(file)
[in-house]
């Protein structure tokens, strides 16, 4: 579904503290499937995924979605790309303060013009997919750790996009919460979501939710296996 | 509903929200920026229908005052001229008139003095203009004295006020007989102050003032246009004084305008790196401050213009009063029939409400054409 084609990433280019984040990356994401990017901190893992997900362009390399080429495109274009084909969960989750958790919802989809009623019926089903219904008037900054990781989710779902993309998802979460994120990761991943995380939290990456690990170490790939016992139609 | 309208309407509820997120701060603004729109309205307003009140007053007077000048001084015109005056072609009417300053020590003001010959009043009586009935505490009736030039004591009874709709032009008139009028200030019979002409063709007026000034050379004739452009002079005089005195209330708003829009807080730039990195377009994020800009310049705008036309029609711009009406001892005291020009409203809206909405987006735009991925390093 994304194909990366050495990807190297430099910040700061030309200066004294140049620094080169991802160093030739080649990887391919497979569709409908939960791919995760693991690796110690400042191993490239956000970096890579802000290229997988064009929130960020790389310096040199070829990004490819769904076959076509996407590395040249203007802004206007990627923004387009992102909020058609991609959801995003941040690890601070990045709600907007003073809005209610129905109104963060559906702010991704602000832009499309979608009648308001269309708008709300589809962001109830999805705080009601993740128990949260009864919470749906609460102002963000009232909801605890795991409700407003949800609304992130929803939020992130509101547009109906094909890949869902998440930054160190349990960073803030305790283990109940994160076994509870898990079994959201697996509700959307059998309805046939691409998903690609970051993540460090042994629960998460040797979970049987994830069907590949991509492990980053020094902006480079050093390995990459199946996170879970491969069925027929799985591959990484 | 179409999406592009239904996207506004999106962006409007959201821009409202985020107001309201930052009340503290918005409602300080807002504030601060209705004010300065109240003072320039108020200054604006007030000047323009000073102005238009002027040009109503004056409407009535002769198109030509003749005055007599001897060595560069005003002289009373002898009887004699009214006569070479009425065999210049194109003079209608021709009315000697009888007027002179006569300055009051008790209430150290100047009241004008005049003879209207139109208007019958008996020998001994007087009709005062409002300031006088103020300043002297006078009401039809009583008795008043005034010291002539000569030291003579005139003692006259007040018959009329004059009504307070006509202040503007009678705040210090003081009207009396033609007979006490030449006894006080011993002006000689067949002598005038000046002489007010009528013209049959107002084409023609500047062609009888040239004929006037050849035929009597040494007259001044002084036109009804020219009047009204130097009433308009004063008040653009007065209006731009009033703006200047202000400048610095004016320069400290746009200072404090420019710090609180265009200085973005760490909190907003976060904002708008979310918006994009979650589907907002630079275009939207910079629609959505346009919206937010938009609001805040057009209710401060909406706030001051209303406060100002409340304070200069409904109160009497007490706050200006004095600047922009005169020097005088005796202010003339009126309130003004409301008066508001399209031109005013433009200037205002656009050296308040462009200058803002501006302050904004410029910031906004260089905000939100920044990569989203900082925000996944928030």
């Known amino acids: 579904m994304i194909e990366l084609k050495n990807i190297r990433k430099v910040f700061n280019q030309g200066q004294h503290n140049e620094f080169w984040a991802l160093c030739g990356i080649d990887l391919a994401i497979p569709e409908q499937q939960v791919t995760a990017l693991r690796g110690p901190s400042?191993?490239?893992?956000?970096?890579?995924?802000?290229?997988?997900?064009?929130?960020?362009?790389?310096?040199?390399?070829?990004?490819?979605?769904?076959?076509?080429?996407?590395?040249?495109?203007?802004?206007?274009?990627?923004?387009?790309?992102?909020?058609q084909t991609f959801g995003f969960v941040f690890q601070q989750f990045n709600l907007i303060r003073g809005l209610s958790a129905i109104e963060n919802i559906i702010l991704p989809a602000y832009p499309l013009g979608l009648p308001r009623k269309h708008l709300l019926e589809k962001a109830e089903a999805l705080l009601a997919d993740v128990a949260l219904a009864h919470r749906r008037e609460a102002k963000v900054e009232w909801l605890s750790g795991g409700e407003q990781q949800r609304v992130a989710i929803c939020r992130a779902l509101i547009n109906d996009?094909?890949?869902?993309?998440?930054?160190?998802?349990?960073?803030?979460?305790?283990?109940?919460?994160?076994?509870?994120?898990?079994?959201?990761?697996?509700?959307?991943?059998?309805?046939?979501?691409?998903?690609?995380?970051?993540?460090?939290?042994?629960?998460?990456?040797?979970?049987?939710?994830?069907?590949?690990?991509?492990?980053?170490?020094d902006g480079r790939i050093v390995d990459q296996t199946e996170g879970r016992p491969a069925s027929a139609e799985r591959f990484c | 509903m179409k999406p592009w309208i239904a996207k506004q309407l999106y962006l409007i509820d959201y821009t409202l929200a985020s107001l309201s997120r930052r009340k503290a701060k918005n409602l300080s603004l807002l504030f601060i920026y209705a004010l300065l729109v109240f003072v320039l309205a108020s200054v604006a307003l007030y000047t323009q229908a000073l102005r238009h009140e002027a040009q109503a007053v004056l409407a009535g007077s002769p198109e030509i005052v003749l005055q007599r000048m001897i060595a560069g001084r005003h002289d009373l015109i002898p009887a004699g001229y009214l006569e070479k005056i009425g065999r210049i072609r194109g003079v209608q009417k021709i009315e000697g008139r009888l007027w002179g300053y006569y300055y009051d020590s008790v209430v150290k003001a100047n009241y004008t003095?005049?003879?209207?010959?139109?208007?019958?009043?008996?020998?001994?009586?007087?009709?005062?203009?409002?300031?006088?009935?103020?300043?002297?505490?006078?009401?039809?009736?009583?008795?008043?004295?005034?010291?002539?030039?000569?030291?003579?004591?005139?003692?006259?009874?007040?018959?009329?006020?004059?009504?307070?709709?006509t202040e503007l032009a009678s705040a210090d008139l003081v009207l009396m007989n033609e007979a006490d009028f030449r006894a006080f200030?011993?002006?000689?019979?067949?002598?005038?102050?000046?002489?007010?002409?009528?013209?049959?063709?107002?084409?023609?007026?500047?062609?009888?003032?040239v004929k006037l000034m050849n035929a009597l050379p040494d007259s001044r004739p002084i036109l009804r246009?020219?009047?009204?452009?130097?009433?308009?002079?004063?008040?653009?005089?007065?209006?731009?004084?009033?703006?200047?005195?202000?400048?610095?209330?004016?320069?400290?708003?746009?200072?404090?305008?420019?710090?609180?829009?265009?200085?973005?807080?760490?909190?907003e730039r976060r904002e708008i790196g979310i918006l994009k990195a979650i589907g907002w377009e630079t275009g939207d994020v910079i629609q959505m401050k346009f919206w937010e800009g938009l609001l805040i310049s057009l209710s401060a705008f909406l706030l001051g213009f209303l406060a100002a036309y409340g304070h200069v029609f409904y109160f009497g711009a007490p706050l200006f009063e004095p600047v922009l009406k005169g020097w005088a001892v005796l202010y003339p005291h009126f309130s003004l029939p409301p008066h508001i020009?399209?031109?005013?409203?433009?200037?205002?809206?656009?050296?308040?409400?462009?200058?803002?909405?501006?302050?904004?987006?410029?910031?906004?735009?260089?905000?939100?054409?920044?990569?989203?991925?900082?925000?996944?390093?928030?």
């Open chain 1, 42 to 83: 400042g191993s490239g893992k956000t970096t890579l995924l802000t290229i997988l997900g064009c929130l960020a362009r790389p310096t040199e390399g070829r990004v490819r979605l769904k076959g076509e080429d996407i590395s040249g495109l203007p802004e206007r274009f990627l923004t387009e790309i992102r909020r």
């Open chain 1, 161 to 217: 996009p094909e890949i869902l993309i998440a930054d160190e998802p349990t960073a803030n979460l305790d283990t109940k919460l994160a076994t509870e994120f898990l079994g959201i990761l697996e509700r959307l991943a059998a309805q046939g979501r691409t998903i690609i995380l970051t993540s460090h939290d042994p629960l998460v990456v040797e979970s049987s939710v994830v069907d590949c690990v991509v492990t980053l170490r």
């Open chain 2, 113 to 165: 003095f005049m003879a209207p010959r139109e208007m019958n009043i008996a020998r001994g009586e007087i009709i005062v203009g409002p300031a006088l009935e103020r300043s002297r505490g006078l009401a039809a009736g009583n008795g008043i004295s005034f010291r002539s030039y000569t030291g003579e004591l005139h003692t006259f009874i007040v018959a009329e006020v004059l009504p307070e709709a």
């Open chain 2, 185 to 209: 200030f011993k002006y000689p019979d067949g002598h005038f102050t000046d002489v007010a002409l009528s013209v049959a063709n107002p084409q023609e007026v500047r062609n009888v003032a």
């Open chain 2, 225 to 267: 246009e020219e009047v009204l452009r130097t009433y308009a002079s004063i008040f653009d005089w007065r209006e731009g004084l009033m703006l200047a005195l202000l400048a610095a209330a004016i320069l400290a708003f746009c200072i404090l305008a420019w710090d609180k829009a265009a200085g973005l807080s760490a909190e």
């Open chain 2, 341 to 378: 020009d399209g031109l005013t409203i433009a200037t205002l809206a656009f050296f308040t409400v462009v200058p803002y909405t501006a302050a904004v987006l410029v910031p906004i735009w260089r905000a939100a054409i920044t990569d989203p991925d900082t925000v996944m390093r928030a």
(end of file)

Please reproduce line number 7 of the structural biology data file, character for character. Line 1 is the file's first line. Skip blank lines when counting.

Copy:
């Open chain 2, 185 to 209: 200030f011993k002006y000689p019979d067949g002598h005038f102050t000046d002489v007010a002409l009528s013209v049959a063709n107002p084409q023609e007026v500047r062609n009888v003032a």